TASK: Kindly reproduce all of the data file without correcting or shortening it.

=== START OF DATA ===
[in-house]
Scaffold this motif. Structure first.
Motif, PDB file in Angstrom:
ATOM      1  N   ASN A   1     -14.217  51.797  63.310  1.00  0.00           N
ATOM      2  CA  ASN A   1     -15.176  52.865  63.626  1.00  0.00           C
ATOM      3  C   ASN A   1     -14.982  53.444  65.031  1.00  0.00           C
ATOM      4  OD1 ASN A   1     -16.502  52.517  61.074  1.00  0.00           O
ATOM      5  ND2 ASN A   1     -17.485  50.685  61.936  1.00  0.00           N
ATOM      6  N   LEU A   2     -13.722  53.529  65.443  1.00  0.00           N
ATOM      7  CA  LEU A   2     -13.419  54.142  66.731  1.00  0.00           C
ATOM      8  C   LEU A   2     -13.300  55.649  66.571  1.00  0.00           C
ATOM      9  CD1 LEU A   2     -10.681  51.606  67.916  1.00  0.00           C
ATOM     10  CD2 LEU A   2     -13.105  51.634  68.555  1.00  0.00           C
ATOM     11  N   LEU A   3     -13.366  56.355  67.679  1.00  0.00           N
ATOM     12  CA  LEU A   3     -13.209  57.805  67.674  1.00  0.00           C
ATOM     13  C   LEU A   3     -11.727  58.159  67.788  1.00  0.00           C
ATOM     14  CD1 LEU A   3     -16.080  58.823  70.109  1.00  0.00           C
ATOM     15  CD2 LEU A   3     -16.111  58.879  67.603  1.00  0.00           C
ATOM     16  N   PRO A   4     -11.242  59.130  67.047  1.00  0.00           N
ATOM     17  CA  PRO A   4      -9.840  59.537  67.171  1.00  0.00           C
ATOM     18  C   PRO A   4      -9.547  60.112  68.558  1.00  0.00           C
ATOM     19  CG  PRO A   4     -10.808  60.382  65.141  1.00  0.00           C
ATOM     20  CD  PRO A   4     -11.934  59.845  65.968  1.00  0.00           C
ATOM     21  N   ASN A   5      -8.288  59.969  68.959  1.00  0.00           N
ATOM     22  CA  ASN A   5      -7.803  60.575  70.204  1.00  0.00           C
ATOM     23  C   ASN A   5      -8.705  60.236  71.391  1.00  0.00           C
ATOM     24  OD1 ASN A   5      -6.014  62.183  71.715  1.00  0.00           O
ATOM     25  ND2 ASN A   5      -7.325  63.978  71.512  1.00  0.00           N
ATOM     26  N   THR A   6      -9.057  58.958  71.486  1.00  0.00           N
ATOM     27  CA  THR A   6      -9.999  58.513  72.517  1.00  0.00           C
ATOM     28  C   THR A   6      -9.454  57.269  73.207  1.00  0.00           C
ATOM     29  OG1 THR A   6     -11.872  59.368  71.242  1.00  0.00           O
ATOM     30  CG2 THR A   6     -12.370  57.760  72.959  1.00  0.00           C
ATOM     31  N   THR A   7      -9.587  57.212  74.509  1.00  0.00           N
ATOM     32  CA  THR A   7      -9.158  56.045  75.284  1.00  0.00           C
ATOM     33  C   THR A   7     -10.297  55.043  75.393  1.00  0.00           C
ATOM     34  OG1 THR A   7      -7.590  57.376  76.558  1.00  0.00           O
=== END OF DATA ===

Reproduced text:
[in-house]
Scaffold this motif. Structure first.
Motif, PDB file in Angstrom:
ATOM      1  N   ASN A   1     -14.217  51.797  63.310  1.00  0.00           N
ATOM      2  CA  ASN A   1     -15.176  52.865  63.626  1.00  0.00           C
ATOM      3  C   ASN A   1     -14.982  53.444  65.031  1.00  0.00           C
ATOM      4  OD1 ASN A   1     -16.502  52.517  61.074  1.00  0.00           O
ATOM      5  ND2 ASN A   1     -17.485  50.685  61.936  1.00  0.00           N
ATOM      6  N   LEU A   2     -13.722  53.529  65.443  1.00  0.00           N
ATOM      7  CA  LEU A   2     -13.419  54.142  66.731  1.00  0.00           C
ATOM      8  C   LEU A   2     -13.300  55.649  66.571  1.00  0.00           C
ATOM      9  CD1 LEU A   2     -10.681  51.606  67.916  1.00  0.00           C
ATOM     10  CD2 LEU A   2     -13.105  51.634  68.555  1.00  0.00           C
ATOM     11  N   LEU A   3     -13.366  56.355  67.679  1.00  0.00           N
ATOM     12  CA  LEU A   3     -13.209  57.805  67.674  1.00  0.00           C
ATOM     13  C   LEU A   3     -11.727  58.159  67.788  1.00  0.00           C
ATOM     14  CD1 LEU A   3     -16.080  58.823  70.109  1.00  0.00           C
ATOM     15  CD2 LEU A   3     -16.111  58.879  67.603  1.00  0.00           C
ATOM     16  N   PRO A   4     -11.242  59.130  67.047  1.00  0.00           N
ATOM     17  CA  PRO A   4      -9.840  59.537  67.171  1.00  0.00           C
ATOM     18  C   PRO A   4      -9.547  60.112  68.558  1.00  0.00           C
ATOM     19  CG  PRO A   4     -10.808  60.382  65.141  1.00  0.00           C
ATOM     20  CD  PRO A   4     -11.934  59.845  65.968  1.00  0.00           C
ATOM     21  N   ASN A   5      -8.288  59.969  68.959  1.00  0.00           N
ATOM     22  CA  ASN A   5      -7.803  60.575  70.204  1.00  0.00           C
ATOM     23  C   ASN A   5      -8.705  60.236  71.391  1.00  0.00           C
ATOM     24  OD1 ASN A   5      -6.014  62.183  71.715  1.00  0.00           O
ATOM     25  ND2 ASN A   5      -7.325  63.978  71.512  1.00  0.00           N
ATOM     26  N   THR A   6      -9.057  58.958  71.486  1.00  0.00           N
ATOM     27  CA  THR A   6      -9.999  58.513  72.517  1.00  0.00           C
ATOM     28  C   THR A   6      -9.454  57.269  73.207  1.00  0.00           C
ATOM     29  OG1 THR A   6     -11.872  59.368  71.242  1.00  0.00           O
ATOM     30  CG2 THR A   6     -12.370  57.760  72.959  1.00  0.00           C
ATOM     31  N   THR A   7      -9.587  57.212  74.509  1.00  0.00           N
ATOM     32  CA  THR A   7      -9.158  56.045  75.284  1.00  0.00           C
ATOM     33  C   THR A   7     -10.297  55.043  75.393  1.00  0.00           C
ATOM     34  OG1 THR A   7      -7.590  57.376  76.558  1.00  0.00           O